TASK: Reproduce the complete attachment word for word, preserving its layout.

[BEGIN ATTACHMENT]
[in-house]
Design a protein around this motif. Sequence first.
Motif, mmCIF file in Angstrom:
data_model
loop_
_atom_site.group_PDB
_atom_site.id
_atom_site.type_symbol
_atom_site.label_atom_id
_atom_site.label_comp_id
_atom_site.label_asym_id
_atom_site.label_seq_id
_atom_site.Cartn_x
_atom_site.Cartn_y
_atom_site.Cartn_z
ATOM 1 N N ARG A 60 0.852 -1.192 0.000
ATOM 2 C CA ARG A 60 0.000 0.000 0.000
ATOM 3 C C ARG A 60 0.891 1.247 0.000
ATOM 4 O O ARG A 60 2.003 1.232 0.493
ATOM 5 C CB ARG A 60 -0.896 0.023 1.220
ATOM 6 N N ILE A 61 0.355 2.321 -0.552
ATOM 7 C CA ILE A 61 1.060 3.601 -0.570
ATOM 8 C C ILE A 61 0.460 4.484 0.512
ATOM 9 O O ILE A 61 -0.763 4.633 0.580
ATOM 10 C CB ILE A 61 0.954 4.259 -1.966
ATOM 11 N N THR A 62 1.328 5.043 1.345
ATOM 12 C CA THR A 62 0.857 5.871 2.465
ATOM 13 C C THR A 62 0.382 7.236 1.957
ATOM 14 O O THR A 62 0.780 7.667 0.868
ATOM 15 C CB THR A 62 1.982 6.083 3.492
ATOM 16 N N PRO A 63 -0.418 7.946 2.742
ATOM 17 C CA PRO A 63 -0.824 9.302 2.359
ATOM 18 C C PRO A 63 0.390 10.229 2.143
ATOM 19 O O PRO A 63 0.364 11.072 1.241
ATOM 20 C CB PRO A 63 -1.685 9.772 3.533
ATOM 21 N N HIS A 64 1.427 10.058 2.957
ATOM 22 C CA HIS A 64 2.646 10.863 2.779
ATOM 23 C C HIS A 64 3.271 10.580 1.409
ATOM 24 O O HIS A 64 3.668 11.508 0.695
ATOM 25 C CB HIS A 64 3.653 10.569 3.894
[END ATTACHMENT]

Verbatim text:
[in-house]
Design a protein around this motif. Sequence first.
Motif, mmCIF file in Angstrom:
data_model
loop_
_atom_site.group_PDB
_atom_site.id
_atom_site.type_symbol
_atom_site.label_atom_id
_atom_site.label_comp_id
_atom_site.label_asym_id
_atom_site.label_seq_id
_atom_site.Cartn_x
_atom_site.Cartn_y
_atom_site.Cartn_z
ATOM 1 N N ARG A 60 0.852 -1.192 0.000
ATOM 2 C CA ARG A 60 0.000 0.000 0.000
ATOM 3 C C ARG A 60 0.891 1.247 0.000
ATOM 4 O O ARG A 60 2.003 1.232 0.493
ATOM 5 C CB ARG A 60 -0.896 0.023 1.220
ATOM 6 N N ILE A 61 0.355 2.321 -0.552
ATOM 7 C CA ILE A 61 1.060 3.601 -0.570
ATOM 8 C C ILE A 61 0.460 4.484 0.512
ATOM 9 O O ILE A 61 -0.763 4.633 0.580
ATOM 10 C CB ILE A 61 0.954 4.259 -1.966
ATOM 11 N N THR A 62 1.328 5.043 1.345
ATOM 12 C CA THR A 62 0.857 5.871 2.465
ATOM 13 C C THR A 62 0.382 7.236 1.957
ATOM 14 O O THR A 62 0.780 7.667 0.868
ATOM 15 C CB THR A 62 1.982 6.083 3.492
ATOM 16 N N PRO A 63 -0.418 7.946 2.742
ATOM 17 C CA PRO A 63 -0.824 9.302 2.359
ATOM 18 C C PRO A 63 0.390 10.229 2.143
ATOM 19 O O PRO A 63 0.364 11.072 1.241
ATOM 20 C CB PRO A 63 -1.685 9.772 3.533
ATOM 21 N N HIS A 64 1.427 10.058 2.957
ATOM 22 C CA HIS A 64 2.646 10.863 2.779
ATOM 23 C C HIS A 64 3.271 10.580 1.409
ATOM 24 O O HIS A 64 3.668 11.508 0.695
ATOM 25 C CB HIS A 64 3.653 10.569 3.894